To avoid this problem, a zone write lock mechanism serializing writes to sequential zones is implemented by all kernels supporting zoned block devices. For kernel versions between 4.10 and 4.15 included, no special configuration is necessary and the kernel will provide guarantees that write commands are delivered to the device in the same order as the application write requests issuing order.
However, starting with kernel version 4.16, zone write locking implementation was moved to the deadline and mq-deadline block I/O scheduler. Using this scheduler with zoned block devices is mandatory to ensure write command order guarantees.
The mq-deadline block I/O scheduler is enabled only if the SCSI multi-queue (scsi-mq) infrastructure is enabled. This feature use can be controlled using the kernel boot argument scsi_mod.use_blk_mq". scsi-mq* is the default since kernel version 5.0 and the legacy single queue SCSI command path is no longer supported.
To verify the block I/O scheduler of a zoned disk, the following command can be used.
# cat /sys/block/sdb/queue/scheduler [none] mq-deadline kyber bfq
If the disk block I/O scheduler selected is not mq-deadline as in the example above, the scheduler can be changed with the following command.
# echo deadline > /sys/block/sdb/queue/scheduler # cat sys/block/sdb/queue/scheduler [mq-deadline] kyber bfq none
Various user level tools should also be installed in order to verify the correct operation of zoned block devices and to troubleshoot problems.
The lsblk command in Linux lists block devices, including zoned block devices. This utility is generally packaged as part of the util-linux package which is installed by default on most Linux distributions.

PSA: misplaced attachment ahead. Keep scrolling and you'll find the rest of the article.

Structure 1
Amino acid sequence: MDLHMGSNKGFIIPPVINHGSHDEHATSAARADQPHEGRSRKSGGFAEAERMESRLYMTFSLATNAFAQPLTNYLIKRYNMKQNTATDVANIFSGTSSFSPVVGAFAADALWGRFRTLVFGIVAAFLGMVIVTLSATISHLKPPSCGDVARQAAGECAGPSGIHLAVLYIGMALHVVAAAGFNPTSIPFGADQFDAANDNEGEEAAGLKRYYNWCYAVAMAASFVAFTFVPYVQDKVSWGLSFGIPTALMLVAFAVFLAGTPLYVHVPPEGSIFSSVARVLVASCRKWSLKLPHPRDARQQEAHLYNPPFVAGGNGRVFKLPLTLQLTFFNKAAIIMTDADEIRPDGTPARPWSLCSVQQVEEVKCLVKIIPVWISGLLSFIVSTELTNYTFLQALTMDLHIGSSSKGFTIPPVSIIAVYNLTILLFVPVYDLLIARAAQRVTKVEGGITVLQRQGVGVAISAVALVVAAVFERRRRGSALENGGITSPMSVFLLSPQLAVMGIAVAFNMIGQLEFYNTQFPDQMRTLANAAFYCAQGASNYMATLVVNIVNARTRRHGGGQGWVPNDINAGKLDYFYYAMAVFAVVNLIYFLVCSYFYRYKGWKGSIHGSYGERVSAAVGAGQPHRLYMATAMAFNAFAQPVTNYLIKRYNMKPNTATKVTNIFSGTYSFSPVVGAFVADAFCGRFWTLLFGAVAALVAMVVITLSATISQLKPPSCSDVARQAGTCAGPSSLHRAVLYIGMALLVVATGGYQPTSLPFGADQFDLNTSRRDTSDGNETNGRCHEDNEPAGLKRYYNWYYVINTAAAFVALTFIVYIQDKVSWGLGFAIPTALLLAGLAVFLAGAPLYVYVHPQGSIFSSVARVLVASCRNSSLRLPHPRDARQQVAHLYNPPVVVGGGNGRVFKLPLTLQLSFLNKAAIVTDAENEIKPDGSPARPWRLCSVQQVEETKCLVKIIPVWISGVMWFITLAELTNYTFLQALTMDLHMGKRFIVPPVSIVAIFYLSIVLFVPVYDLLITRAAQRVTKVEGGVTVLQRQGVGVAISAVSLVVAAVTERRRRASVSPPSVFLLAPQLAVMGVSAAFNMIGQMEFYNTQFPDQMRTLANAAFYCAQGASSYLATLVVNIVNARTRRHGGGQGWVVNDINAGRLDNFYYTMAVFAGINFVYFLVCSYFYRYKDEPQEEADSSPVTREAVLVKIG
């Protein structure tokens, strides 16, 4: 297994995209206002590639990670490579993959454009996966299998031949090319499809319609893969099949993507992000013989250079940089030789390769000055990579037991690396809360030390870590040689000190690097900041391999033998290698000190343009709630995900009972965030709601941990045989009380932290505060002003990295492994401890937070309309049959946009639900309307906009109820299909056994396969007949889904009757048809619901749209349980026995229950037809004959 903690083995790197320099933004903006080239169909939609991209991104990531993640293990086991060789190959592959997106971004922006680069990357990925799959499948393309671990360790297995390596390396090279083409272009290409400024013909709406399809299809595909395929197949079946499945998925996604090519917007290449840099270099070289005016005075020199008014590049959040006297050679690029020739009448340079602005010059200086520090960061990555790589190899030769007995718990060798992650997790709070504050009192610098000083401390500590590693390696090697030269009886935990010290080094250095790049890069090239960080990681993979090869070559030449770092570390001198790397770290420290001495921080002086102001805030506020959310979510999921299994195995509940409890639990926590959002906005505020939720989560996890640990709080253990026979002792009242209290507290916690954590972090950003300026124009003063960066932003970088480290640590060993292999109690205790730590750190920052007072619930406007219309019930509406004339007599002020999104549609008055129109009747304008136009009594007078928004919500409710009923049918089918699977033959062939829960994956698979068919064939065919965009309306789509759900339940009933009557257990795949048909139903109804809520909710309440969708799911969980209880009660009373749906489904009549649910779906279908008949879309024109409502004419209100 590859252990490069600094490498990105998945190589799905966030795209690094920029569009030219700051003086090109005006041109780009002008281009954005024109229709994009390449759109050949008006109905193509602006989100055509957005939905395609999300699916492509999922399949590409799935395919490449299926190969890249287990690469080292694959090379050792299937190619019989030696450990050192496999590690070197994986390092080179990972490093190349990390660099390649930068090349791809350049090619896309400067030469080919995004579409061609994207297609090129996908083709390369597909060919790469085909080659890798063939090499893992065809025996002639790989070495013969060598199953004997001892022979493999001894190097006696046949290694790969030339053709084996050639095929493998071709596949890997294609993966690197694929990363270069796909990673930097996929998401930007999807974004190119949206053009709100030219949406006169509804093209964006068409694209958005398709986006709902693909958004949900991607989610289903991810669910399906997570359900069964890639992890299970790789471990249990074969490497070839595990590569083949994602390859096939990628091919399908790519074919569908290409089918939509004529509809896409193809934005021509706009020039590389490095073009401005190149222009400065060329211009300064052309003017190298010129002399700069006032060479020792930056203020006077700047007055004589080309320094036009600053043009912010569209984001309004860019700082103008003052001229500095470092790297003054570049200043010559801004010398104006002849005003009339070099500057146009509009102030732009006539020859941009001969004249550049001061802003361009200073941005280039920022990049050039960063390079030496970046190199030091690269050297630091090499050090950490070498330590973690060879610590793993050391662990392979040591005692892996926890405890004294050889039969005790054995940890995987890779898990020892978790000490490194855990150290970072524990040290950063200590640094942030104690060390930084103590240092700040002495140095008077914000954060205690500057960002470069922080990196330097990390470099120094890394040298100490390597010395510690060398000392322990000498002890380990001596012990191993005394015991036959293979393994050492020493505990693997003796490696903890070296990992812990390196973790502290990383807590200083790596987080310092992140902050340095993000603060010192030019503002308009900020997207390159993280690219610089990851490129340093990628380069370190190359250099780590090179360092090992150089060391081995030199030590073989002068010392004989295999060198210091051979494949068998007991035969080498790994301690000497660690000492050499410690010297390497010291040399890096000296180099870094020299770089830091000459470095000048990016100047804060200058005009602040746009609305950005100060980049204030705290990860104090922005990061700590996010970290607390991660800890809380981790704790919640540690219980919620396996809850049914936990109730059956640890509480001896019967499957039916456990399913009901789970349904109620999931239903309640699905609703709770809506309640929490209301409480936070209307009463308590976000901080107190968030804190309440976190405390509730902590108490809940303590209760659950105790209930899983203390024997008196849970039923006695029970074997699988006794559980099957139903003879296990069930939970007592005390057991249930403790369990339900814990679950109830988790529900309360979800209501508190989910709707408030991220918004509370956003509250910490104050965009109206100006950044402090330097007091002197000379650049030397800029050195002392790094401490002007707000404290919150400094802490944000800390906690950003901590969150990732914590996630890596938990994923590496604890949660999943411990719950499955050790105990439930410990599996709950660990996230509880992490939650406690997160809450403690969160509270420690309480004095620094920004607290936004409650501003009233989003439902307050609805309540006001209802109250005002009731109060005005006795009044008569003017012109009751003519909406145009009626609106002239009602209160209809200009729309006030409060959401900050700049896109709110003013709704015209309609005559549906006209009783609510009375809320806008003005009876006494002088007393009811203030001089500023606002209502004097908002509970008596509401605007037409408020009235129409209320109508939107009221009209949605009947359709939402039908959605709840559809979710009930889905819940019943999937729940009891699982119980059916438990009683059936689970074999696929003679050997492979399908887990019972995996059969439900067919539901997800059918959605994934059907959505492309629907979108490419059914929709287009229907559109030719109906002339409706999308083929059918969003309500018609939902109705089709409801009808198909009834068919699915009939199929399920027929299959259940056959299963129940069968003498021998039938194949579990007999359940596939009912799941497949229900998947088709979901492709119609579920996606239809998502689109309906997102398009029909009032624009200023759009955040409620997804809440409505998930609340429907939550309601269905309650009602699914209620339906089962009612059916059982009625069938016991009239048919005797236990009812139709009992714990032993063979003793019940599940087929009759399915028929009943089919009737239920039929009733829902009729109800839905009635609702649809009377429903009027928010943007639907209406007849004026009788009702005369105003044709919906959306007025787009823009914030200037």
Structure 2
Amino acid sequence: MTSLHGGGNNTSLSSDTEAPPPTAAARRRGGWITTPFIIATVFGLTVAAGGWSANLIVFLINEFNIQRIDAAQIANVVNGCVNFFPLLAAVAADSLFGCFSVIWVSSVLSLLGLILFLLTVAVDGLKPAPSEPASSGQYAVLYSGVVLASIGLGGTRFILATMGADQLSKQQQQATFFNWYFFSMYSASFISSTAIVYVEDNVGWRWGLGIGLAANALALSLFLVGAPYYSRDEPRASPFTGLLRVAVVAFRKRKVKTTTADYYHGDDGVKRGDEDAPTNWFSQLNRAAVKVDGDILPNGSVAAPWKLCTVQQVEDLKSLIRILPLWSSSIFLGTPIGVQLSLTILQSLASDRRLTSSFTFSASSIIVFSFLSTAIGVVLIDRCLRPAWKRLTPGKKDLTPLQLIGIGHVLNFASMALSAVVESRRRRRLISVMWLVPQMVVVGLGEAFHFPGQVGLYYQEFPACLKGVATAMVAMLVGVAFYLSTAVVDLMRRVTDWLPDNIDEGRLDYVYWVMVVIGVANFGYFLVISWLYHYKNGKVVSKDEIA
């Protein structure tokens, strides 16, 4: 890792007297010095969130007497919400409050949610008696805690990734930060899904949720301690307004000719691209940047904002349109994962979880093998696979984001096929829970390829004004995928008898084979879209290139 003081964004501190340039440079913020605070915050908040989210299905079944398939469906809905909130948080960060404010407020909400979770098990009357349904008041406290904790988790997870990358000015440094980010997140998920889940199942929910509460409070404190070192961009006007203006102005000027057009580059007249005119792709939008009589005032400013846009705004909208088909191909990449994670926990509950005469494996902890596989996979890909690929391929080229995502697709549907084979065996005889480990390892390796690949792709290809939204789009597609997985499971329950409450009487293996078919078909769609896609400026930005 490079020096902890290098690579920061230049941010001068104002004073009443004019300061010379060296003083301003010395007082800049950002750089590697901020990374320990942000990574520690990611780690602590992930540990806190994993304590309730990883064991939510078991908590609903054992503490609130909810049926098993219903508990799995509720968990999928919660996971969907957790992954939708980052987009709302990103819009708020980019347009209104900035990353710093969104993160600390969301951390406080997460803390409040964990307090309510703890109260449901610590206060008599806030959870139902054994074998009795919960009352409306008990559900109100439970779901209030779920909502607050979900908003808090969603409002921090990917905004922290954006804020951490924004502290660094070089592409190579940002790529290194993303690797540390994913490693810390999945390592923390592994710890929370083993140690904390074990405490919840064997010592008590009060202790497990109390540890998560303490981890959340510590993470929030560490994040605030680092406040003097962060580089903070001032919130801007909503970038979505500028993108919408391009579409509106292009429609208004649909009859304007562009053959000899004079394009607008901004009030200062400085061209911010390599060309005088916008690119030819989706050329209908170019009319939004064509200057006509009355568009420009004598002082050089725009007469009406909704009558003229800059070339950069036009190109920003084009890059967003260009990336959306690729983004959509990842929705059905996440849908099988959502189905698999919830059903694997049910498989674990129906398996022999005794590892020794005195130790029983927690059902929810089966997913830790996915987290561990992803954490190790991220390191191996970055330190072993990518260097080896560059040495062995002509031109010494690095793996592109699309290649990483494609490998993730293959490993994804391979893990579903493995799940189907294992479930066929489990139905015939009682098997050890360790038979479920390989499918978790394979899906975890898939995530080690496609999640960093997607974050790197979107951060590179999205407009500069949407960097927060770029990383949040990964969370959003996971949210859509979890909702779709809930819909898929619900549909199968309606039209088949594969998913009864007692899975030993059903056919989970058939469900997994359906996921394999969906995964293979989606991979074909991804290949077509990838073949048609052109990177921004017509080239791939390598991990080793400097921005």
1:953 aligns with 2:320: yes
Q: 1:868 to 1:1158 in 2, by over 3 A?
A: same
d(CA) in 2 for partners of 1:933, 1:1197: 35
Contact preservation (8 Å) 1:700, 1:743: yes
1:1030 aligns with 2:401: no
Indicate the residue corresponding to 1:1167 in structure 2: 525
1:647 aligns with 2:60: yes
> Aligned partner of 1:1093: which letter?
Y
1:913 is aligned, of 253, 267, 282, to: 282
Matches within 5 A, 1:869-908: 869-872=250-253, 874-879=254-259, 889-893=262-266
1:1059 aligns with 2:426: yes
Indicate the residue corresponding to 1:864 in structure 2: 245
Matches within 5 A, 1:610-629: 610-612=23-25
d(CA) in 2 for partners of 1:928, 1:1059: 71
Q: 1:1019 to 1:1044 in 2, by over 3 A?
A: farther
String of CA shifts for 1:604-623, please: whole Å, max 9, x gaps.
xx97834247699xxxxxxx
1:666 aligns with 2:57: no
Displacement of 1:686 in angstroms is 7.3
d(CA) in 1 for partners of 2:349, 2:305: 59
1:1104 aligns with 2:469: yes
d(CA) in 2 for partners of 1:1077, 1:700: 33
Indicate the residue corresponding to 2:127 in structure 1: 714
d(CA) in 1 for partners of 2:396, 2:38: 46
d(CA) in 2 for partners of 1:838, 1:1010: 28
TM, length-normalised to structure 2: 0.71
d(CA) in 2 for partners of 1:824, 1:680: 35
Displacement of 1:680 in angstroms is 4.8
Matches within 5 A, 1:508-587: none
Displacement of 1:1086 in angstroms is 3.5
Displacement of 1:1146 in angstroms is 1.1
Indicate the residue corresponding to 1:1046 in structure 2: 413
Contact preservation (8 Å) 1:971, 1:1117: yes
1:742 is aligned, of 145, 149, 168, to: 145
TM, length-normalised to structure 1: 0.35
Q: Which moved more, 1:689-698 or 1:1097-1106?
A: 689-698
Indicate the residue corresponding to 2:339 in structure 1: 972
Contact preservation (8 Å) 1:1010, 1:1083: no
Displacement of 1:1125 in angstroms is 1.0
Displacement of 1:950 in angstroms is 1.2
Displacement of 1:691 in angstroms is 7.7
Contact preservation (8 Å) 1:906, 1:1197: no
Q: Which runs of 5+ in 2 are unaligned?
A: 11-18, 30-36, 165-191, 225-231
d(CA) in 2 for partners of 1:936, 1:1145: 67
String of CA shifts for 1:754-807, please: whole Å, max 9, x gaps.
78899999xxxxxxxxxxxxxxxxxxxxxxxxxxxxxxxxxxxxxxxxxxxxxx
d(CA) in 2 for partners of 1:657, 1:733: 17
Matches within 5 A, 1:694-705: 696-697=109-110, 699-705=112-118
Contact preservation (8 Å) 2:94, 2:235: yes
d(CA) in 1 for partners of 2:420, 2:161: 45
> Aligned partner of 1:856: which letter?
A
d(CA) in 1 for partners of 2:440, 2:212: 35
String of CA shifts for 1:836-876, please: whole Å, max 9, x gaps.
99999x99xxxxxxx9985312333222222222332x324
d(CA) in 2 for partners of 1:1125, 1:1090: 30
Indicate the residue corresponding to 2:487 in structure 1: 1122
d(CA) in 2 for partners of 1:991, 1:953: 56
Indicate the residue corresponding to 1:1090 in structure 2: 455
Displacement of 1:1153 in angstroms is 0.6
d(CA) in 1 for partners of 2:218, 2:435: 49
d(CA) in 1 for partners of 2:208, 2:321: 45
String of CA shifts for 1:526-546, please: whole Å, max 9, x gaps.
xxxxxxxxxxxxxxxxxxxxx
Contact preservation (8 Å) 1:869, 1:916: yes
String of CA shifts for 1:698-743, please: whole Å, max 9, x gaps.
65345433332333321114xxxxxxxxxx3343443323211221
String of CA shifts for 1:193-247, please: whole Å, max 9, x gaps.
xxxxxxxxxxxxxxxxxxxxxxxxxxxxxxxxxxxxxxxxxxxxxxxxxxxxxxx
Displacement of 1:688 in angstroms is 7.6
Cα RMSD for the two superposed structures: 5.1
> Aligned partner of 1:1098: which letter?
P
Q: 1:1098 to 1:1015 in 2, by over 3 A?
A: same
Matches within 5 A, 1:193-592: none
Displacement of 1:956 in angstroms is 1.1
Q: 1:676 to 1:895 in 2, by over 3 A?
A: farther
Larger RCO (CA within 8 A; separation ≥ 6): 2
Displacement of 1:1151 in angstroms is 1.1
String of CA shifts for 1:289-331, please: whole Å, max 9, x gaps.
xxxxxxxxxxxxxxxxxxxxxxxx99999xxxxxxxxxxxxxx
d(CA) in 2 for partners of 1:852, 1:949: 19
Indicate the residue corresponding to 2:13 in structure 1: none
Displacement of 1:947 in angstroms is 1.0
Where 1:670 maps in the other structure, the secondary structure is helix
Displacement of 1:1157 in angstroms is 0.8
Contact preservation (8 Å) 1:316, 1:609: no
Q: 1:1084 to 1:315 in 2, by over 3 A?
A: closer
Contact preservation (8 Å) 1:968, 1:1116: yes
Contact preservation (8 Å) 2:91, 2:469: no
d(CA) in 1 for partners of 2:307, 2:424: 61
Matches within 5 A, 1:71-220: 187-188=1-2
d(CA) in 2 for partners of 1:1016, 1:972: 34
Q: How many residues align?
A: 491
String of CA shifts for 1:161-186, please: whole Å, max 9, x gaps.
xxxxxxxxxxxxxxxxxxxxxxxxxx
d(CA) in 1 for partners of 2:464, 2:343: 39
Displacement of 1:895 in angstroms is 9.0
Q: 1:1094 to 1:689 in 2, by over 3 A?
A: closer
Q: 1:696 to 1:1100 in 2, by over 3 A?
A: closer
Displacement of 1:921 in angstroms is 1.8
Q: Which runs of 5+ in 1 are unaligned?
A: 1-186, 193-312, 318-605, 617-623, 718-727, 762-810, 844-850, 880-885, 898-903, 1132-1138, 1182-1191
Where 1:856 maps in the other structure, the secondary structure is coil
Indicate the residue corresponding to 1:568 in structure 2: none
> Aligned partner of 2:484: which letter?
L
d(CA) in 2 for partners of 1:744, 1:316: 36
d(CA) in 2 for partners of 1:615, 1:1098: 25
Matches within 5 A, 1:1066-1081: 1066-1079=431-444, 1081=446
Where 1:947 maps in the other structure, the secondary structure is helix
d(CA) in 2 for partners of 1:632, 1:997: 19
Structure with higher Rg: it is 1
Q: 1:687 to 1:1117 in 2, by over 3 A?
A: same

lsblk usage examples are provided here.
Similarly to the
lsblk utility, the
blkzone utility is another program
generally packaged as part of the util-linux package. This utility allows
listing (reporting) the zones of a zoned block device and to reset the write
pointer position of a range of zones of the device.
blkzone usage examples are provided here.
The lsscsi command lists information about the SCSI devices connected to a Linux system. lsscsi is generally available as a package with most Linux distributions. Refer to your distribution documentation to find out the name of the package providing the lsscsi utility.
The linux utilities page provides more information and usage examples.
The sg3_utils package is a collection of command line tools that send SCSI commands to a SCSI device.
Since in Linux all disks are exposed as SCSI disks, including all ATA drives, these utilities can be used to manage both SAS ZBC disks and SATA ZAC disks. For SATA disks connected to SATA ports (e.g. An AHCI adapter), the kernel SCSI subsystem translates SCSI commands to ATA commands.
sg3_utils includes three command line tools specific to ZBC disks.
|Utility Name||SCSI Command Invoked||Description|
|sg_rep_zones||REPORT ZONES||Get a ZBC disk zone information|
|sg_reset_wp||RESET WRITE POINTER||Reset one or all zones of ZBC disk|
|sg_zone||CLOSE ZONE, FINISH ZONE, OPEN ZONE||Sends one of these commands to the given ZBC disk|
This section shows some examples of these utilities execution
libzbc is a user space library providing functions for manipulating ZBC and ZAC disks. The libzbc project is hosted on GitHub. Documentation is provided in the project README file. The API documentation can also be automatically generated using doxygen.
libzbc also provides a set of command line utilities with similar
functionalities as the
blkzone utility and the sg3_utils command line tools.
More information on how to compile and install libzbc as well as usage examples of the command line utilities provided can be found here.